Corporate Bicycling, The New Golf?

bikegolf.jpgGolf has, for many years, been the de-facto sport of choice among corporate executives around the world. In many circles it’s almost criminal not to love golf and play it every weekend – the golf course has become the informal boardroom where deals and relasionships are really made. And why not? It’s a fun enough game with challenges both physical and mental and it amounts to a nice walk in the park.
Of course, the golf industry uses wild amounts of pesticides and fertilizer to maintain the illusion of perfectly controlled nature. In places like Arizona and Nevada, golf courses use obscene amounts of water, creating a totally artificial world that has no place in the desert.
Enter the corporate bike outing. A story in yesterdays Milwaukee Journal Sentinal entitled “Is Bicycling the New Golf?” has really got me excited. A number of companies are now sponsoring cycling events for employees, collegues and partners as a way to connect socially – the same sort of thing that has been done for years with golfing events. Cycling is a far more environmentally sustainable sport than golf, and if it gains popularity among the corporate elite, then the likelyhood of improved cycling infrastucture in our cities and suburbs is bound to improve, not to mention our health. Bring it on!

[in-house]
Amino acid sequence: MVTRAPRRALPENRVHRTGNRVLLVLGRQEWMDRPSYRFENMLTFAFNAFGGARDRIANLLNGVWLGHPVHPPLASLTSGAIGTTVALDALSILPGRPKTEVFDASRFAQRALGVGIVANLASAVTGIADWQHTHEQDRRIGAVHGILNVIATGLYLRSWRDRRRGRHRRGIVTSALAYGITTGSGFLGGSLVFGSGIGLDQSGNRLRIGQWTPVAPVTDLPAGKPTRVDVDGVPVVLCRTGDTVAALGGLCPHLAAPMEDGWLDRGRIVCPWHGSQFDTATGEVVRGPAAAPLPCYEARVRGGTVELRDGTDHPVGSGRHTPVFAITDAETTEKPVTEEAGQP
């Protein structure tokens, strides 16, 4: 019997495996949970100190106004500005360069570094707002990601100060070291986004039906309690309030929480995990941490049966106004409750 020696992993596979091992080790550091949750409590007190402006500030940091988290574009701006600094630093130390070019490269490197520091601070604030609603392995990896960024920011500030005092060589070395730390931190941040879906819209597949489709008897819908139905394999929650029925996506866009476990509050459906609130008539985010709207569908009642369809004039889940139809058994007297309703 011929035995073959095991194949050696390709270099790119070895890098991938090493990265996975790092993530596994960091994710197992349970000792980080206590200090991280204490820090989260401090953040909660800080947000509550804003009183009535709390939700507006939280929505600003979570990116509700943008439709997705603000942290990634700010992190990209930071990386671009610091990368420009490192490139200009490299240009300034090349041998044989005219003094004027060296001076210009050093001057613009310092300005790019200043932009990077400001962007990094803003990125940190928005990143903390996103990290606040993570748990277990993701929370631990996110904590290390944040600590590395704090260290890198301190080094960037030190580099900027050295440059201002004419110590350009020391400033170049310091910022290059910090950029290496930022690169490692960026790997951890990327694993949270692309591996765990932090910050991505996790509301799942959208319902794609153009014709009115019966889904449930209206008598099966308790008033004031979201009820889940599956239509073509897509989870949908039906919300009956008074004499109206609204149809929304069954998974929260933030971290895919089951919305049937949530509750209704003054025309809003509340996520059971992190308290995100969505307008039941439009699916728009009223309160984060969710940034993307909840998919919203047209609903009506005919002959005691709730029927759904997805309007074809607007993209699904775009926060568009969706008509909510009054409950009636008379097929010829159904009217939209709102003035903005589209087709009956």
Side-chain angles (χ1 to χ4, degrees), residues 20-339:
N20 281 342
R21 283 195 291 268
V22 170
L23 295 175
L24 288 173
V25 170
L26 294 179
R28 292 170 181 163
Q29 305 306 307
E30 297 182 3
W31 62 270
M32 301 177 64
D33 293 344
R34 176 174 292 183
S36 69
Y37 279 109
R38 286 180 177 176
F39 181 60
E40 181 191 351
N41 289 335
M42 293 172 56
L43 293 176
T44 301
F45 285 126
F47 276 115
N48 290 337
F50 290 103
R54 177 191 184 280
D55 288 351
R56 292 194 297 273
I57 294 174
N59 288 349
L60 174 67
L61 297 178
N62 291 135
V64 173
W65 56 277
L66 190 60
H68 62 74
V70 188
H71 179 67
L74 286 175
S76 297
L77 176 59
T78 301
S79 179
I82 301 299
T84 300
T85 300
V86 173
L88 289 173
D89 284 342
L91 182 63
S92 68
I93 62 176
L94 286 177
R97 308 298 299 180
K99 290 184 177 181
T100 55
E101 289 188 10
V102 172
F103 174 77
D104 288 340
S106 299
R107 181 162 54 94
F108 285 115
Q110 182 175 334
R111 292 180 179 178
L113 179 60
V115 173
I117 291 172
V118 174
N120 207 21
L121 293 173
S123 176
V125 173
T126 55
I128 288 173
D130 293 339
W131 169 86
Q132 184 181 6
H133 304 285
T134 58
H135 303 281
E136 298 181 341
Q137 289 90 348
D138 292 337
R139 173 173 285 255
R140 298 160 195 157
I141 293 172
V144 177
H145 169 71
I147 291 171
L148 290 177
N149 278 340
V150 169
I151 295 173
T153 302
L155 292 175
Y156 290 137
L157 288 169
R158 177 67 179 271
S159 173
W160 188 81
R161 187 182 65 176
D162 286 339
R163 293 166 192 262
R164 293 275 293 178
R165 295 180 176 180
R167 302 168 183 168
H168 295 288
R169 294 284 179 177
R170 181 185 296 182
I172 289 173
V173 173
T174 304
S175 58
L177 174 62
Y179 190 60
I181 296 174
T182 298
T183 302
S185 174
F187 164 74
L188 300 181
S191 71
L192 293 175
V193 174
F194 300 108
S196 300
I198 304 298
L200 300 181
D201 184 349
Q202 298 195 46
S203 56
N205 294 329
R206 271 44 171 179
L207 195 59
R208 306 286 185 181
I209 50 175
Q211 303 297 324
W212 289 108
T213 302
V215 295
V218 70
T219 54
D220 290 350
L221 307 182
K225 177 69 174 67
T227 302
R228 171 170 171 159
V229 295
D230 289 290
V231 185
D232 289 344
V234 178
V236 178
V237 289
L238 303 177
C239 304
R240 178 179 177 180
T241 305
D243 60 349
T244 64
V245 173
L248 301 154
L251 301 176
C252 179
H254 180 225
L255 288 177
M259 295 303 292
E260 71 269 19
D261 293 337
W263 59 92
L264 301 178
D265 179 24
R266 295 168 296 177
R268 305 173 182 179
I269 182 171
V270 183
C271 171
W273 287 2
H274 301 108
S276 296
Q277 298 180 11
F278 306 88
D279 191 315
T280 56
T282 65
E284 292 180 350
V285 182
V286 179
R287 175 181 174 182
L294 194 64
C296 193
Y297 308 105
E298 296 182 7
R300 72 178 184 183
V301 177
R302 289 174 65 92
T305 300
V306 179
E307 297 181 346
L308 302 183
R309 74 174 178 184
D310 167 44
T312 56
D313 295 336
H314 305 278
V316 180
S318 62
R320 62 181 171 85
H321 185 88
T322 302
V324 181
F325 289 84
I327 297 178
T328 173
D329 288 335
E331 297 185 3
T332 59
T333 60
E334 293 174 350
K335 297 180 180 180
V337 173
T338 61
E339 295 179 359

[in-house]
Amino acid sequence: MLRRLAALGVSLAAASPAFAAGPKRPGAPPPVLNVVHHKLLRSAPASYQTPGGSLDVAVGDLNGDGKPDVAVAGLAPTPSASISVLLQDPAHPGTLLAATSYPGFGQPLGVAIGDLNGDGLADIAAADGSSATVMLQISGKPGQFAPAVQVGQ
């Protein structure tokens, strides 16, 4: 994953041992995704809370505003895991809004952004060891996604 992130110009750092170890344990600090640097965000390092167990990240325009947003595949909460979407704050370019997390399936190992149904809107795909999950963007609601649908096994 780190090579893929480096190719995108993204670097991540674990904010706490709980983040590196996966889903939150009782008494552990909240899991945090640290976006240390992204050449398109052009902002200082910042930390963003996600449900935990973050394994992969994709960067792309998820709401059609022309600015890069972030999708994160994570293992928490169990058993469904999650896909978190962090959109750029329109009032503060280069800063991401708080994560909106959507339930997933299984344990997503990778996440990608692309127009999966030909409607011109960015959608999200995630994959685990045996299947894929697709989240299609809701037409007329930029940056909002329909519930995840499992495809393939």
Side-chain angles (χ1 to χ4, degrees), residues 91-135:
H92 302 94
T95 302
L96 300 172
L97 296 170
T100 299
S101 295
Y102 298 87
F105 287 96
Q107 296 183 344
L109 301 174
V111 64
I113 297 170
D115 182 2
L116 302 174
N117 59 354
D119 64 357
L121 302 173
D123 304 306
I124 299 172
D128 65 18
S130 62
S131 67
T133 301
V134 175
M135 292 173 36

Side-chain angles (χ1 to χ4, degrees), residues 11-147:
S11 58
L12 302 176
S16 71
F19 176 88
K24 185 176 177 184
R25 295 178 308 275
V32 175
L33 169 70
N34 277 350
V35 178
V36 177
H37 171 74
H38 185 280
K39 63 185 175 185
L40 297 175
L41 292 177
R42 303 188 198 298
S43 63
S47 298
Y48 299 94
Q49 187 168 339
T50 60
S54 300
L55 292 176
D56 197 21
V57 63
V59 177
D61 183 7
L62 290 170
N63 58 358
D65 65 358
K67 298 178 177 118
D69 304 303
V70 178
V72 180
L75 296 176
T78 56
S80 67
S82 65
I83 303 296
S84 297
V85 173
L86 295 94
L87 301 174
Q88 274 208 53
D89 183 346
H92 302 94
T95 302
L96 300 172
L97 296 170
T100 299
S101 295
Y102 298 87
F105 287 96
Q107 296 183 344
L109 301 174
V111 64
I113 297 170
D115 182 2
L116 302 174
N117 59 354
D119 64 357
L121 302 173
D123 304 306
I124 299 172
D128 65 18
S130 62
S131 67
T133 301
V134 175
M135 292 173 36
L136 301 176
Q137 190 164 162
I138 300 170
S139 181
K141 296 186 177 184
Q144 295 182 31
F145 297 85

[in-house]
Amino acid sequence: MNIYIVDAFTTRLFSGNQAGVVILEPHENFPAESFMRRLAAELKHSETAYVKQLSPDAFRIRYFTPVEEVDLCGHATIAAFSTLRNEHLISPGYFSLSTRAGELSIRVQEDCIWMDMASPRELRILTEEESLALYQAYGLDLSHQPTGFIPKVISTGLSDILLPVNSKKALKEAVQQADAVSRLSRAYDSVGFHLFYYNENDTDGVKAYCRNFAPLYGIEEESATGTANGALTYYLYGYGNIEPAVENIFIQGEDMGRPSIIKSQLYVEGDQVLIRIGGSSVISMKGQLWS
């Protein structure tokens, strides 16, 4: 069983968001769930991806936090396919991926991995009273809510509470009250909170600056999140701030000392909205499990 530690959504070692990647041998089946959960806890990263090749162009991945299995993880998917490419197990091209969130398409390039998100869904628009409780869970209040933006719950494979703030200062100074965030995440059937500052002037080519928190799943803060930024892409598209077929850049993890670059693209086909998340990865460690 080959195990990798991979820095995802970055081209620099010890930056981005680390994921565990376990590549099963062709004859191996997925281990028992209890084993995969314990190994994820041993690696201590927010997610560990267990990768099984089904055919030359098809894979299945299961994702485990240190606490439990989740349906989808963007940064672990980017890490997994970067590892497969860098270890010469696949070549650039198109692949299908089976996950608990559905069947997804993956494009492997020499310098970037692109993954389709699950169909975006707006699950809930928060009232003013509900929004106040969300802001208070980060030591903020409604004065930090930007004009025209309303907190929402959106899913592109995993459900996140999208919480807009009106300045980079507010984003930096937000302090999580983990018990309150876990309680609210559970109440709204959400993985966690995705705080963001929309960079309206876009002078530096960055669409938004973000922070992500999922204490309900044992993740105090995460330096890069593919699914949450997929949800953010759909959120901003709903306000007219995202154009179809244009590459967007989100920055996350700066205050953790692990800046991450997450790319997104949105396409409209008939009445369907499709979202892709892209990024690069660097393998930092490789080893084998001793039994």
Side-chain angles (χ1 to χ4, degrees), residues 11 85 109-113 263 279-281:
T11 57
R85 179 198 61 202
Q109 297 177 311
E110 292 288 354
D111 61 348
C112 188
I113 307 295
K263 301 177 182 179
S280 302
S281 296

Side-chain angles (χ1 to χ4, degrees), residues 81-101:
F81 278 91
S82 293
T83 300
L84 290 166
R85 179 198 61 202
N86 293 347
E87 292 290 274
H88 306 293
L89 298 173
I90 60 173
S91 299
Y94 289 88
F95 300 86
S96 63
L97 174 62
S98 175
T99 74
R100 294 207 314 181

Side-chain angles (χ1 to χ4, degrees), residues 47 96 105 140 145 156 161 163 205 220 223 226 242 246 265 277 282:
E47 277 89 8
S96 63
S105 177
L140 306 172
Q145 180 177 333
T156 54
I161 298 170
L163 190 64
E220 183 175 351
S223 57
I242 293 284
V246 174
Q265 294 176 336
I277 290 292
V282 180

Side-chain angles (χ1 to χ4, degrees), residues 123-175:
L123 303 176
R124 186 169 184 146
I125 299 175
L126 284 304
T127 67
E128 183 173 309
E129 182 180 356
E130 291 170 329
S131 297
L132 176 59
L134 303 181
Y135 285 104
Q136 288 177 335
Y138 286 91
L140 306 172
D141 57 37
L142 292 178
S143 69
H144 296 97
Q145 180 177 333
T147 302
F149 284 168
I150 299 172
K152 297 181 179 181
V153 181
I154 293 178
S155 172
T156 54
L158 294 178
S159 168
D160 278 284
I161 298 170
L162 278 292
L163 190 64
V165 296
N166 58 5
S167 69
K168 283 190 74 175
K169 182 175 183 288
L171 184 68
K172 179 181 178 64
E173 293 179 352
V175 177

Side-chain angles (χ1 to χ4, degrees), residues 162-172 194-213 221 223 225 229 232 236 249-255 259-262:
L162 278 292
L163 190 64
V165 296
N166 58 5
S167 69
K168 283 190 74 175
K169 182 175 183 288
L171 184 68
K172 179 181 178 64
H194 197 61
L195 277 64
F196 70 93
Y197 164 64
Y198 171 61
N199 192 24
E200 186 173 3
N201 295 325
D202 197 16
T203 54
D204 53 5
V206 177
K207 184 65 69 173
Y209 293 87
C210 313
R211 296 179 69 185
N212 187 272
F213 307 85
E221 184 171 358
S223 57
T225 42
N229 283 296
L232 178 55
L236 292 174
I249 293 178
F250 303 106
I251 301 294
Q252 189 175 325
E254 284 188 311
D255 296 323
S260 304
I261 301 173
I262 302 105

Nick Aster is a new media architect and the founder of has grown to become one of the web's leading sources of news and ideas on how business can be used to make the world a better place.

Prior to TriplePundit Nick worked for Mother Jones magazine, successfully re-launching the magazine's online presence. He worked for, managing the technical side of the publication for 3 years and has also been an active consultant for individuals and companies entering the world of micro-publishing. He earned his stripes working for Gawker Media and Moreover Technologies in the early days of blogging.

Nick holds an MBA in sustainable management from the Presidio School of Management and graduated with a BA in History from Washington University in St. Louis.

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